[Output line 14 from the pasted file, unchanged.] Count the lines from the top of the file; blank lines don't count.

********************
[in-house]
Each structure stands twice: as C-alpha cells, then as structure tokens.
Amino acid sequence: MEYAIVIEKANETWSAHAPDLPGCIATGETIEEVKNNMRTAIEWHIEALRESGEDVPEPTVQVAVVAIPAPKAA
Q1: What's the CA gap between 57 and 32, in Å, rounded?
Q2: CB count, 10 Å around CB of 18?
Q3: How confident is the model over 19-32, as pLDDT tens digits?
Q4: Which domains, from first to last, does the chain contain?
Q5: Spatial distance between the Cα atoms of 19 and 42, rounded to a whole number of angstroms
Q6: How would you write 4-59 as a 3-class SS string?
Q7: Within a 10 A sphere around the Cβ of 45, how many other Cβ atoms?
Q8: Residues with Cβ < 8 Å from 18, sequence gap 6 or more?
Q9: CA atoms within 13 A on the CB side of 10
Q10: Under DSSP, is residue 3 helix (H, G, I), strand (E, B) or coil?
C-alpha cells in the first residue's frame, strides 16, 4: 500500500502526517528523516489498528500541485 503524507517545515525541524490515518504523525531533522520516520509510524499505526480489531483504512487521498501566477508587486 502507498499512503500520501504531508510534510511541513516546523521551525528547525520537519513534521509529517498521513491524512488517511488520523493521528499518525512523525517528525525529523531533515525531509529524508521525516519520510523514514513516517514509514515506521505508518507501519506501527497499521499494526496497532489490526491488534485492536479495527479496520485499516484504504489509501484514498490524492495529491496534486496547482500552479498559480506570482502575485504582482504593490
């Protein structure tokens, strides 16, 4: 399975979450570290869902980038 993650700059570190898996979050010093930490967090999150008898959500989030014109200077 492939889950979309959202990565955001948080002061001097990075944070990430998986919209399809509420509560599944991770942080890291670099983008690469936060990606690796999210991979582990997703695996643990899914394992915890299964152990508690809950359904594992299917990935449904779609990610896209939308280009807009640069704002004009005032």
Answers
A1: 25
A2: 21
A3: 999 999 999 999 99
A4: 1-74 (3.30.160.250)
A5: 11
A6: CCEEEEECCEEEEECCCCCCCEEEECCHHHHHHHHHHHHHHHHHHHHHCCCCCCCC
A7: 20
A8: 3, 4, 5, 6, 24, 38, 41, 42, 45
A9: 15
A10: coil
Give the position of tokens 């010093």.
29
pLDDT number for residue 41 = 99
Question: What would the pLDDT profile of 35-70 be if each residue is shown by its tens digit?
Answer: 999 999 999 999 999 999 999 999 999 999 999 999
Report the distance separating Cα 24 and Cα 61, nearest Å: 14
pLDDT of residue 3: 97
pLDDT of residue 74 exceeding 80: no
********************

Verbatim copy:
C-alpha cells in the first residue's frame, strides 16, 4: 500500500502526517528523516489498528500541485 503524507517545515525541524490515518504523525531533522520516520509510524499505526480489531483504512487521498501566477508587486 502507498499512503500520501504531508510534510511541513516546523521551525528547525520537519513534521509529517498521513491524512488517511488520523493521528499518525512523525517528525525529523531533515525531509529524508521525516519520510523514514513516517514509514515506521505508518507501519506501527497499521499494526496497532489490526491488534485492536479495527479496520485499516484504504489509501484514498490524492495529491496534486496547482500552479498559480506570482502575485504582482504593490